Women of Oliver for Women (WOW) is looking for woman who is going to school to better her family’s circumstances.
This is a $1000 education award.
Please go to wowoliver.org to fill out application.
Greyhound made official on Wednesday that the company is dropping its bus routes through many rural communities across the Okanagan, after receiving approval from the province’s Passenger Transportation Board (PTB)
The extent of the cuts also includes all routes through Northern B.C., on Vancouver Island and various other main routes across the province.
Greyhound will be changing its route from Osoyoos to Vancouver to go through Kelowna instead of the Similkameen — eliminating service in Keremeos, Hedley, Princeton, Eastgate and Manning Park. ( No mention of Oliver – shown at right)
Further north in the region, Greyhound is also doing away with its route from Kelowna to Kamloops, which eliminates stops in Oyama, Falkland, Westwold and Monte Lake.
The cuts will come into effect on May 31.
The company applied to the PTB for the route changes last summer saying the affected routes have had a 51 per cent drop in ridership since 2010.
Budget 2018 carves a new path to shared prosperity for everyone in the province with a made-in-B.C. child-care plan, a comprehensive housing plan and record levels of capital investment in every corner of the province according to Finance Minister Carole James.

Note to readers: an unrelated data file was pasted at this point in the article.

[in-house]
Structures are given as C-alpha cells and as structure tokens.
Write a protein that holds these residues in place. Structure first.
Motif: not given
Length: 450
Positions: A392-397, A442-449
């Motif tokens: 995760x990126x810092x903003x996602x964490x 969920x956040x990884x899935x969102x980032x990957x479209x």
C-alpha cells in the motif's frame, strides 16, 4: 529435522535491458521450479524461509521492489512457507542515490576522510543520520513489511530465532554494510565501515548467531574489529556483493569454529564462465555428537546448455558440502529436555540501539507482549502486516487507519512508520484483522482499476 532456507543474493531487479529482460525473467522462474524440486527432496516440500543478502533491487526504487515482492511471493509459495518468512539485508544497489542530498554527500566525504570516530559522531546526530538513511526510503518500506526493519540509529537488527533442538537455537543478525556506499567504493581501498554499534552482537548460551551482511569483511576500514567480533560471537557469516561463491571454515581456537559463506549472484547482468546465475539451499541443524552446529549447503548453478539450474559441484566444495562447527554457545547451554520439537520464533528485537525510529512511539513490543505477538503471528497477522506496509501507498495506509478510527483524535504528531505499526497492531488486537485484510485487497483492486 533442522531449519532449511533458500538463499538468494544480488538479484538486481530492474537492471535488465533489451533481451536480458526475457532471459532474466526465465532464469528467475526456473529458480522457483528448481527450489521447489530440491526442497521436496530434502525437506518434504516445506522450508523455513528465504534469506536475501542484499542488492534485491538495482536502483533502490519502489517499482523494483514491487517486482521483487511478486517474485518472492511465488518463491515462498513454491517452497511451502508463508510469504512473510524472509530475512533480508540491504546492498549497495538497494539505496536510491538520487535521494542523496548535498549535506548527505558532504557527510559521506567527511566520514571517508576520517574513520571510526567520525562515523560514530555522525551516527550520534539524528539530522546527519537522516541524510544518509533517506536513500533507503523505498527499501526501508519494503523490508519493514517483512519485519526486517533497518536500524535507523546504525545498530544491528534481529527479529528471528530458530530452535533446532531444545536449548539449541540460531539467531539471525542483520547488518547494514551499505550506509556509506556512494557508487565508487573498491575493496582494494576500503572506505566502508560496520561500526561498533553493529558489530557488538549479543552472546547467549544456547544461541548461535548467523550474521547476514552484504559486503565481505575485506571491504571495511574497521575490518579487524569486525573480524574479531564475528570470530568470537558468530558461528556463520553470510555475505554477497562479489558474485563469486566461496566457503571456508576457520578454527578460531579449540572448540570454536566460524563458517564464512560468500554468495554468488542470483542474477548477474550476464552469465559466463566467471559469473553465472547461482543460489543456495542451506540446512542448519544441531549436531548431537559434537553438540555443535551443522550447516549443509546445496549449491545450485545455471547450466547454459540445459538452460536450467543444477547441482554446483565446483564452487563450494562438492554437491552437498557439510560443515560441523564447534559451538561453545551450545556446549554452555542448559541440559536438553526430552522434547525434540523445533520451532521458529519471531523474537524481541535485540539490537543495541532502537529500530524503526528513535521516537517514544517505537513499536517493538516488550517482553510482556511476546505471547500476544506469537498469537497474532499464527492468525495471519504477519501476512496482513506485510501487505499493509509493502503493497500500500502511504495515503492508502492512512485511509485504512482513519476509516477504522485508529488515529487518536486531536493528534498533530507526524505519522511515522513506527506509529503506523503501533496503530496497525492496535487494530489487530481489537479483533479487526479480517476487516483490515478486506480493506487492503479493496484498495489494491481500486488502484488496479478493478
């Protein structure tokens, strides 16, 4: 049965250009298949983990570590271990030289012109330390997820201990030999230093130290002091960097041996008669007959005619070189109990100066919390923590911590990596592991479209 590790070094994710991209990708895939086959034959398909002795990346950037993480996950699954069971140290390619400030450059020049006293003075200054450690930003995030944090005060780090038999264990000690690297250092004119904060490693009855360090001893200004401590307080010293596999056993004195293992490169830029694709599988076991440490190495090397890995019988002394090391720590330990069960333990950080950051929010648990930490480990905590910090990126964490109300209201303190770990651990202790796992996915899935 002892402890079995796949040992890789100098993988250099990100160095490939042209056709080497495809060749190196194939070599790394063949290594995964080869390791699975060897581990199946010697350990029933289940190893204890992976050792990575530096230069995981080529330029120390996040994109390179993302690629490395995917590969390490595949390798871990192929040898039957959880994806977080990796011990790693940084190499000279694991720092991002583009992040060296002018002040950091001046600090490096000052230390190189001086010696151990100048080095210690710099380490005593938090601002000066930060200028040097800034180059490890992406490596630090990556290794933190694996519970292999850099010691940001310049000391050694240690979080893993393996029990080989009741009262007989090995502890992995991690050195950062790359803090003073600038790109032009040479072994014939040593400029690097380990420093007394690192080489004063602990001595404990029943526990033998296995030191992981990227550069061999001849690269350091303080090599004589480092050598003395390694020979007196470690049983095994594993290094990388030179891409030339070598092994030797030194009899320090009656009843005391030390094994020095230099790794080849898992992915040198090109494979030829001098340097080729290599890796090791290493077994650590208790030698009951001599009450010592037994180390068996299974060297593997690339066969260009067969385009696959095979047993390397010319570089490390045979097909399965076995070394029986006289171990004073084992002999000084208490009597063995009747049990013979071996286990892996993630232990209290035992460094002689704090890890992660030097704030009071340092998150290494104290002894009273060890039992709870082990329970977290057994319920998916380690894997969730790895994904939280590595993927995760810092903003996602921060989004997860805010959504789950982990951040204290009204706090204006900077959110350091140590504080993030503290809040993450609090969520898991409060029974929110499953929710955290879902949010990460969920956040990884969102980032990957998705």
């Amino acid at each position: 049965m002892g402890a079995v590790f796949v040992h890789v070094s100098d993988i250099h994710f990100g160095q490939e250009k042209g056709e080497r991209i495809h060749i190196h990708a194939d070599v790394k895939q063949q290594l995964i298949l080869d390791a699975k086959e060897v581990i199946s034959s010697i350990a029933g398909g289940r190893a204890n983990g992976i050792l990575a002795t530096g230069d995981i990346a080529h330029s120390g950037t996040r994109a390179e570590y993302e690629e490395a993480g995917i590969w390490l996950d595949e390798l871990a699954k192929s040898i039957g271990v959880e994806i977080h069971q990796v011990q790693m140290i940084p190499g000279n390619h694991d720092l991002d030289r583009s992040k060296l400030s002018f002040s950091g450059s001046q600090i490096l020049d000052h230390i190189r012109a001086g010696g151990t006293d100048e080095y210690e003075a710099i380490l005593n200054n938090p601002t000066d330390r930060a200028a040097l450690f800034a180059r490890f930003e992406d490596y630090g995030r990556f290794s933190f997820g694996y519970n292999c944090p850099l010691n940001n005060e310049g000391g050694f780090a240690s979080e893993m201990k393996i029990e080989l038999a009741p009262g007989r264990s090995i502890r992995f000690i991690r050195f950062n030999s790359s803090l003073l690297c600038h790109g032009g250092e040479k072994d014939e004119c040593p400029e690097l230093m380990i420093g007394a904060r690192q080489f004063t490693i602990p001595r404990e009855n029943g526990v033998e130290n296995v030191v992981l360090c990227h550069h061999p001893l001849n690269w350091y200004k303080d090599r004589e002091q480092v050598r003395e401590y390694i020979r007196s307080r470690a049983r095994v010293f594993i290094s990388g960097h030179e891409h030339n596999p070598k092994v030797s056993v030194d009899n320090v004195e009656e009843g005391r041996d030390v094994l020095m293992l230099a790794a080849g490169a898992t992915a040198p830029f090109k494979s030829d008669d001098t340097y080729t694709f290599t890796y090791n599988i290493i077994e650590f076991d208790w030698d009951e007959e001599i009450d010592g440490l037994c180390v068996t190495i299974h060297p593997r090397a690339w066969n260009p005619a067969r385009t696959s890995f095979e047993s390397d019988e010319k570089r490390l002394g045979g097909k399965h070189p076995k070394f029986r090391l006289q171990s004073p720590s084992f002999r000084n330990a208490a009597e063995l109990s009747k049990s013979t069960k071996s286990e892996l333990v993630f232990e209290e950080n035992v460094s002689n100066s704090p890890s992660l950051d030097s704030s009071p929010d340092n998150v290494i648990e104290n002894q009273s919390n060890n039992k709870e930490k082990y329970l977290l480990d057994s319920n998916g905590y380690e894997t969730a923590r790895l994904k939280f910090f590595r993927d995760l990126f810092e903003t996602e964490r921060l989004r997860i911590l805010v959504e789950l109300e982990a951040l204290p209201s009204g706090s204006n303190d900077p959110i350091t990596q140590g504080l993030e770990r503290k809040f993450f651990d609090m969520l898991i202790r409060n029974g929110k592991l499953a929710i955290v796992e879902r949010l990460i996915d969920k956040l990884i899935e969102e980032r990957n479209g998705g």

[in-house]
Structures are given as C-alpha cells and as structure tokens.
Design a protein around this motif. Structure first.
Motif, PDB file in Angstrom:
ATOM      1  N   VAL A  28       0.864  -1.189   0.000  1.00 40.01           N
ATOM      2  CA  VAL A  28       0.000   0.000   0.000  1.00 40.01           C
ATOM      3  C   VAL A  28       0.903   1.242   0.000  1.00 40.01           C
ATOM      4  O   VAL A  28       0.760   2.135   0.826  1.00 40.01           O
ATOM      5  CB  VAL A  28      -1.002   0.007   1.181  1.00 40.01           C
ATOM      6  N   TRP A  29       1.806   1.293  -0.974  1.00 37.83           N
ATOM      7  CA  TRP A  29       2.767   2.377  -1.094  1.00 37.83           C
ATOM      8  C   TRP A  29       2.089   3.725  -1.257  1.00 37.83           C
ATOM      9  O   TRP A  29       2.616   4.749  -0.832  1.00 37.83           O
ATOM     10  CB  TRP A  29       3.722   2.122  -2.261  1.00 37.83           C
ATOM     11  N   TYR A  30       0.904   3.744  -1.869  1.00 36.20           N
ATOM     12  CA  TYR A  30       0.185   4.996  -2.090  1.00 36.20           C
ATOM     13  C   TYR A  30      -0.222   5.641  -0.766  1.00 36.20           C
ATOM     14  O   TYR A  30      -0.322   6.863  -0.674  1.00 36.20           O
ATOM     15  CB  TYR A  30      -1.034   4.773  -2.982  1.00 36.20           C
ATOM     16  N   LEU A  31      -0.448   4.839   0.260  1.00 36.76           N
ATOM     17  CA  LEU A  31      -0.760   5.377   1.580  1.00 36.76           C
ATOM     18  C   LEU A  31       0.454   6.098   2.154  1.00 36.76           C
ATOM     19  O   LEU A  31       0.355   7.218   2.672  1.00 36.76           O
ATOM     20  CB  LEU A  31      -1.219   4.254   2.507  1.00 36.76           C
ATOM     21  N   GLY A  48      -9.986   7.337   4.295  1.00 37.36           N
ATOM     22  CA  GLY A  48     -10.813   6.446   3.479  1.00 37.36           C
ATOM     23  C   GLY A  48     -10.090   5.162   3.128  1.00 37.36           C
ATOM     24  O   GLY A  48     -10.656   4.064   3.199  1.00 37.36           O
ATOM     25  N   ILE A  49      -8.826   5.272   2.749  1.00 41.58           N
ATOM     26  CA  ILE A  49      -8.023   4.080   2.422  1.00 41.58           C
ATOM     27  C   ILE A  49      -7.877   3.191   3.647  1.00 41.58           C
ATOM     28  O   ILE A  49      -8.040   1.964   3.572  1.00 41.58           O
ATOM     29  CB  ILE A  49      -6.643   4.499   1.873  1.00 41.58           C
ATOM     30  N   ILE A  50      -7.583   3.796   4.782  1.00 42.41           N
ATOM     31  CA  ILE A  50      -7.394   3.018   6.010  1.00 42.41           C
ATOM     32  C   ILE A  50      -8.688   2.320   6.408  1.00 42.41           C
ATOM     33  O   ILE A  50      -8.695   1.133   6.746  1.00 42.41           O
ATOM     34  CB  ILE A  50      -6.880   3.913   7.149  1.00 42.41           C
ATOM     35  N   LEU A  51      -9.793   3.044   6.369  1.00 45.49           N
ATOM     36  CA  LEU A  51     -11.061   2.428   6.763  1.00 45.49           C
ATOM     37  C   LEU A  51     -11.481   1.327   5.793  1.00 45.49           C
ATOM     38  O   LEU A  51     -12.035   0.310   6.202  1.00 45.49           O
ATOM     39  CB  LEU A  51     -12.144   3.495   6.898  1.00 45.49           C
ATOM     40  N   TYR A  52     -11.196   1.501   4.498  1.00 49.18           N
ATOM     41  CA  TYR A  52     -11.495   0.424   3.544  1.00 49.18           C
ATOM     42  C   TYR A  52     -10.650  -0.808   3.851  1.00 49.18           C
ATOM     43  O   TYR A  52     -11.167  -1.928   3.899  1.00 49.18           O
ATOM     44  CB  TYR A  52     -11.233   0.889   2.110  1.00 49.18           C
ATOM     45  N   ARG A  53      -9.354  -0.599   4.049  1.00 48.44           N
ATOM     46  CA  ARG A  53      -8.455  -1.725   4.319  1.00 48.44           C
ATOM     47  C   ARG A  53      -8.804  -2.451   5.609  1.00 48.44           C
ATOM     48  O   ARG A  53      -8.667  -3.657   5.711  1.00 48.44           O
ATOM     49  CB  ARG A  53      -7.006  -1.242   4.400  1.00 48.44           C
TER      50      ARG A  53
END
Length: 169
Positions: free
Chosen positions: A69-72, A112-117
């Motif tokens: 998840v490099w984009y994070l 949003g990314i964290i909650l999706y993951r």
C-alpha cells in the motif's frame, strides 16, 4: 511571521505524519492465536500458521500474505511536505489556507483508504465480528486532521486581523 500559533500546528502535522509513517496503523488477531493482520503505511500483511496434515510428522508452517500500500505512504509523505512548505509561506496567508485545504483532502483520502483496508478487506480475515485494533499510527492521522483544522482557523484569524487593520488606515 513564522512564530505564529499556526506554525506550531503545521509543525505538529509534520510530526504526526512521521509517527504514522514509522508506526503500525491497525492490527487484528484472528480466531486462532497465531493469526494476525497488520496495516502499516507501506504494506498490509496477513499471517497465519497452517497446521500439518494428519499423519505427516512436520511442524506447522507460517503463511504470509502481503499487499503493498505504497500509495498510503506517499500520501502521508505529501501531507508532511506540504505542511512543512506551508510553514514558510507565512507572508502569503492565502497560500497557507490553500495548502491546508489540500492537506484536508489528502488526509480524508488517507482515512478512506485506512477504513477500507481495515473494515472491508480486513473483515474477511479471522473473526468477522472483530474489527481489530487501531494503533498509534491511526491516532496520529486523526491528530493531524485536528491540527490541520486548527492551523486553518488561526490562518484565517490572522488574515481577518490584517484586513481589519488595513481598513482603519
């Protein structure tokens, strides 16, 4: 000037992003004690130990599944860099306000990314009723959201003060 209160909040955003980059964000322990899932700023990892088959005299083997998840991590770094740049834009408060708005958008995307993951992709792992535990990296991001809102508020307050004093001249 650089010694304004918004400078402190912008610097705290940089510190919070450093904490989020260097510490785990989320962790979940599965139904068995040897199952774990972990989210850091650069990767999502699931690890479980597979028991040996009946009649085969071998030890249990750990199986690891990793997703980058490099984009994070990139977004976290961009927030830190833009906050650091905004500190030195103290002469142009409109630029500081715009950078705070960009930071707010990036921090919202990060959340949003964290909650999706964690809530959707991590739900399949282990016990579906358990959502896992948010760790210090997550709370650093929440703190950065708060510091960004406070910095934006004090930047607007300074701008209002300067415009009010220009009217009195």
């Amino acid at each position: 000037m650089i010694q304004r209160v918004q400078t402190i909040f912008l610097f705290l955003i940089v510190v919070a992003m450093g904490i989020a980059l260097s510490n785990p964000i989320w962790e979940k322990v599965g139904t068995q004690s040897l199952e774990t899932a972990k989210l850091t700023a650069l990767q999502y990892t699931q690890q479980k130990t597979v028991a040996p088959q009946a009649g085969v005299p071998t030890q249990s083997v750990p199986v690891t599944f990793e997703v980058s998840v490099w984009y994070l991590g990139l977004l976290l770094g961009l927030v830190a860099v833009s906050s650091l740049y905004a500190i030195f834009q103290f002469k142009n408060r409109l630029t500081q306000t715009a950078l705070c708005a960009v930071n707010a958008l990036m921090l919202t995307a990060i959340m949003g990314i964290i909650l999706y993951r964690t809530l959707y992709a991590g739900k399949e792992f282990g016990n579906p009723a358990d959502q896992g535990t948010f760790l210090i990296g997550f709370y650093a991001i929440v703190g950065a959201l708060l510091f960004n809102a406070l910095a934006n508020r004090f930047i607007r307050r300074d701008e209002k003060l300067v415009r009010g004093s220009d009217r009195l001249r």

Over three years, an investment of more than $1 billion will set the province on the path to a universal child-care plan that will make child care affordable for parents and caregivers, create more than 22,000 child-care spaces throughout the province and ensure those spaces meet rigorous quality and safety standards.
Budget 2018 also lays out a comprehensive housing plan that introduces new taxation measures to tackle foreign and domestic speculation, to close loopholes and crack down on tax fraud, and to stabilize housing prices. It invests more than $1.6 billion over three years to build and maintain affordable rental housing, help finance student housing, increase rental assistance for low-income seniors and working families, and provide supportive housing for at-risk British Columbians.